The Georgia businessman told ABC’s “This Week” on Sunday that it would have been “appropriate” for him to have defended the soldier. None of the candidates at the Sept. 22 forum responded to the booing.
But Cain also suggested that the audience may not have actually been booing the soldier. “Maybe they were booing the whole ‘don’t ask, don’t tell’ repeal more so than booing that soldier,” he told ABC’s “This Week.” “But we didn’t know that. So that was not the time to try and decipher.”
At the annual Human Rights Campaign fundraising dinner in Washington, Obama strongly criticized the Republicans candidates for not speaking up. Obama told the 3,000 attendees:
We don’t believe in the kind of smallness that says it’s okay for a stage full of political leaders — one of whom could end up being the president of the United States — being silent when an American soldier is booed. We don’t believe in that.We don’t believe in standing silent when that happens. We don’t believe in them being silent since. You want to be commander in chief? You can start by standing up for the men and women who wear the uniform of the United States, even when it’s not politically convenient. We don’t believe in a small America. We believe in a big America — a tolerant America, a just America, an equal America — that values the service of every patriot.
Cain wasn’t the only Republican to take a more critical stance on the issue Sunday morning. When asked on CBS’s “Face The Nation,” Sen. John McCain (R-Ariz.) said he thought the candidates should have spoken up after the booing. “It’s hard to react sometimes. But I’m sure… I would bet that every Republican on that stage did not agree with that kind of behavior,” McCain said.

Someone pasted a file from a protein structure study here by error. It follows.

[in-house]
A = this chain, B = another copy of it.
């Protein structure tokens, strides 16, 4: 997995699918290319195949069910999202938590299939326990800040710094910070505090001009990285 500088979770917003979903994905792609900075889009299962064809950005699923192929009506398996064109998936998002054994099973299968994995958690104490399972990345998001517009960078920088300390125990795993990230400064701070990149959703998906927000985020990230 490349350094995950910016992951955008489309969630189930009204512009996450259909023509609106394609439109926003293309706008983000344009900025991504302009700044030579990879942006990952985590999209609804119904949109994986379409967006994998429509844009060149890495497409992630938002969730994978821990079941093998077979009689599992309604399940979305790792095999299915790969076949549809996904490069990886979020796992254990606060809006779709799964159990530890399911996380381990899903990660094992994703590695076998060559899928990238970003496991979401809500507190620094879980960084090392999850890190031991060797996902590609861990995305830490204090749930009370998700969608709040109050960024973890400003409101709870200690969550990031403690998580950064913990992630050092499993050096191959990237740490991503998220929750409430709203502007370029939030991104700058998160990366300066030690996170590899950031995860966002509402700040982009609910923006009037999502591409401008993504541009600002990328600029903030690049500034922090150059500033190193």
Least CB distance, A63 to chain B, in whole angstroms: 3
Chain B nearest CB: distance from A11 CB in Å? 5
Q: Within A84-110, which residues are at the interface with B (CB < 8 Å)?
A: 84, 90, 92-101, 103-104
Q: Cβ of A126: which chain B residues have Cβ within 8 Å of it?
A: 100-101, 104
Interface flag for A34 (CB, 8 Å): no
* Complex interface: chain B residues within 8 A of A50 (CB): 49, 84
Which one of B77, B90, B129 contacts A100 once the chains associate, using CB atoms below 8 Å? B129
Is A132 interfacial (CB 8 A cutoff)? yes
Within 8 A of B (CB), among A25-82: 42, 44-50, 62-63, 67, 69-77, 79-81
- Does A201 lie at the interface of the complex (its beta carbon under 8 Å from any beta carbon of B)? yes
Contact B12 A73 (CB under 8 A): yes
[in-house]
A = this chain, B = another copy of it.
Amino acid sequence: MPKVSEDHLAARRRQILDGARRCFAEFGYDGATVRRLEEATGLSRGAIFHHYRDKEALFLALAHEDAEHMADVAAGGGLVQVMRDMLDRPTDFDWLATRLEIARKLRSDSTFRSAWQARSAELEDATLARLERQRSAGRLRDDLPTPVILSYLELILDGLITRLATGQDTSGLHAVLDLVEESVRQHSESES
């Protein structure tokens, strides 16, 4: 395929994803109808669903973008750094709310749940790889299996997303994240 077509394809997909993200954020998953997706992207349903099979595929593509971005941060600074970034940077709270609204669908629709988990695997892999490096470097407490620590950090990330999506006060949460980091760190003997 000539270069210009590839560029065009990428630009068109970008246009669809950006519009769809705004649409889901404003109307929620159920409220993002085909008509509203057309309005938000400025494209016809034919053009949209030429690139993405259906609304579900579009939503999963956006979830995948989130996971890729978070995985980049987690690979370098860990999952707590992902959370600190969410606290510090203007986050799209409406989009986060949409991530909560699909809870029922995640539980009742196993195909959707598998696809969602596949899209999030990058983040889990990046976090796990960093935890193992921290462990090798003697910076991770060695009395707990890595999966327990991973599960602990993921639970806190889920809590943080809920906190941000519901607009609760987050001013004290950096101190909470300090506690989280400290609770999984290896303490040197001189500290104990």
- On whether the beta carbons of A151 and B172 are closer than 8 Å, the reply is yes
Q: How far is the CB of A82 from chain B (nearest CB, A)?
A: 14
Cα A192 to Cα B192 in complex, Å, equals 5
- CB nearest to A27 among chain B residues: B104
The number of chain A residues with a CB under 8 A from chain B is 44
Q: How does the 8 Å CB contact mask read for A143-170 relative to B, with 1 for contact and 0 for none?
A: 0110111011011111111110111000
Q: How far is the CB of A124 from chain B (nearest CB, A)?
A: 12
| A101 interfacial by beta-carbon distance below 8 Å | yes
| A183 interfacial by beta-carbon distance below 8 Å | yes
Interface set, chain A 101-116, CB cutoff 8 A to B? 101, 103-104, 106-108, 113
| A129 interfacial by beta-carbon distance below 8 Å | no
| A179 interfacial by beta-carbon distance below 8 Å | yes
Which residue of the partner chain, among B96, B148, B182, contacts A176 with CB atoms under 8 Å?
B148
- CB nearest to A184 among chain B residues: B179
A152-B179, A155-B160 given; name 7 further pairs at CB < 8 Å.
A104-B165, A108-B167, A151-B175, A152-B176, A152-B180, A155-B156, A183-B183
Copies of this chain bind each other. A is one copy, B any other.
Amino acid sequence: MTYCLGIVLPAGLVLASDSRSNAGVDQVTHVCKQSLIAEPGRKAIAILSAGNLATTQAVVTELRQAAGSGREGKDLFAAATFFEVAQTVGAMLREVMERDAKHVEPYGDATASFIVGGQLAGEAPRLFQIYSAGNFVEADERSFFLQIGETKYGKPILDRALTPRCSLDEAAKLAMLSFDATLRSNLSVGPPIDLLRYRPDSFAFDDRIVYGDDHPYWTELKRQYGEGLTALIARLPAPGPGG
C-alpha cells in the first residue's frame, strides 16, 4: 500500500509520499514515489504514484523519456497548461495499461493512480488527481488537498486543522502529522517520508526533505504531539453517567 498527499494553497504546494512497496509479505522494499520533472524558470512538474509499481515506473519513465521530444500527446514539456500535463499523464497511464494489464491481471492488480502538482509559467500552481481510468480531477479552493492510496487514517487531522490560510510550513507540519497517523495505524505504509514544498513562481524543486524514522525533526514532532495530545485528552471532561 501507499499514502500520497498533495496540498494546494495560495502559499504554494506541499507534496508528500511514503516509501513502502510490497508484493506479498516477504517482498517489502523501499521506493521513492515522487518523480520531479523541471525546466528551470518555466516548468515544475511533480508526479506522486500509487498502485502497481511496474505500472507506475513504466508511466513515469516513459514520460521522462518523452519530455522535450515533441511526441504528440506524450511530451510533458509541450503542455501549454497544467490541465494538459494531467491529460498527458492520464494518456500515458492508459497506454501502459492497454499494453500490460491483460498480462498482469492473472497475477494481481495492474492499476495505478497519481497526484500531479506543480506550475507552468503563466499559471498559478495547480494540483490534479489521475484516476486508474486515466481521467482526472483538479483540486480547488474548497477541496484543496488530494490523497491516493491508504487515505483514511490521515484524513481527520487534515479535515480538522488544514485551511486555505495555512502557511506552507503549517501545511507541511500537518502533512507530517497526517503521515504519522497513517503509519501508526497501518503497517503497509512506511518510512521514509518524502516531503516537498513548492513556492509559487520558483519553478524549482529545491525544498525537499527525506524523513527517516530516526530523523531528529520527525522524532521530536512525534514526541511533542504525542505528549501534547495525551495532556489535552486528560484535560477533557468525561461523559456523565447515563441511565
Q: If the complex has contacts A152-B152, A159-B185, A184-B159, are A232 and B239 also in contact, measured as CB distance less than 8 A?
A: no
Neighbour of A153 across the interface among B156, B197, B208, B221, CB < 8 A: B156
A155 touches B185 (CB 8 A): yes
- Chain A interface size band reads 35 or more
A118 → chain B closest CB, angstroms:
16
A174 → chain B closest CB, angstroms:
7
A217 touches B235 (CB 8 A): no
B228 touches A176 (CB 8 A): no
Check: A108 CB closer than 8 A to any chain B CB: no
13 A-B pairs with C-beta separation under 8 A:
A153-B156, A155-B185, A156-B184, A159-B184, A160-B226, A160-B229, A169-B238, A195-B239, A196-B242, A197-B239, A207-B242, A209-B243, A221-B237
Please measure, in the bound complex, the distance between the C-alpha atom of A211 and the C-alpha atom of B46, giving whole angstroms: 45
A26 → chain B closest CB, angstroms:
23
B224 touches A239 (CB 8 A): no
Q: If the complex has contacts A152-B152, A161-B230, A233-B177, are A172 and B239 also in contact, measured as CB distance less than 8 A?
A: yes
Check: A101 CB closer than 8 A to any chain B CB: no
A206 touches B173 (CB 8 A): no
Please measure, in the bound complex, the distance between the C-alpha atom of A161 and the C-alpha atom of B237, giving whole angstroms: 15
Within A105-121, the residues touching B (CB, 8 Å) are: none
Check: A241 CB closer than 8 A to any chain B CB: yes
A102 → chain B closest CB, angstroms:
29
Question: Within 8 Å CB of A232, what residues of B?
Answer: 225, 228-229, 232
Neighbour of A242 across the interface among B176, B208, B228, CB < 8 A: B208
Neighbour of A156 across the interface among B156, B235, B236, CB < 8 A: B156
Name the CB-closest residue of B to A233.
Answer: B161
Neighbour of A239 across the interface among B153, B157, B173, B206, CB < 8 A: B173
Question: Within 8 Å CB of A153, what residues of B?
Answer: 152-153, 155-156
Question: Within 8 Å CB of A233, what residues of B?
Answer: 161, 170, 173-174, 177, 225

“I’m a little bit leery of the notion that somehow we ought to go hammer the Republican candidates because they didn’t respond to booing in the audience,” Dick Cheney said. “When you’re in a political campaign and debates, you know, people boo a lot of things. And I’m not sure that it was all focused specifically on that particular issue.”
“I don’t know where President Obama is on this issue and I suspect that there were a lot of people who were watching his speech in that room last night wondering whether they could believe what he was saying, frankly,” Cheney said Sunday.
“His position on these issues hasn’t been that different from where many of the Republican candidates are. He hasn’t come out and advocated gay marriage, for example. I think this was sort of one more example where he’s trying to have it both ways.”
“When he speaks to that audience he tries to sound like he’s, you know, some sort of a fighter and advocate for equality, but when he’s trying to appeal to people who may not have that as their primary issue, he has got another position,” Cheney continued. “I thought it was pretty vintage Obama, frankly.”
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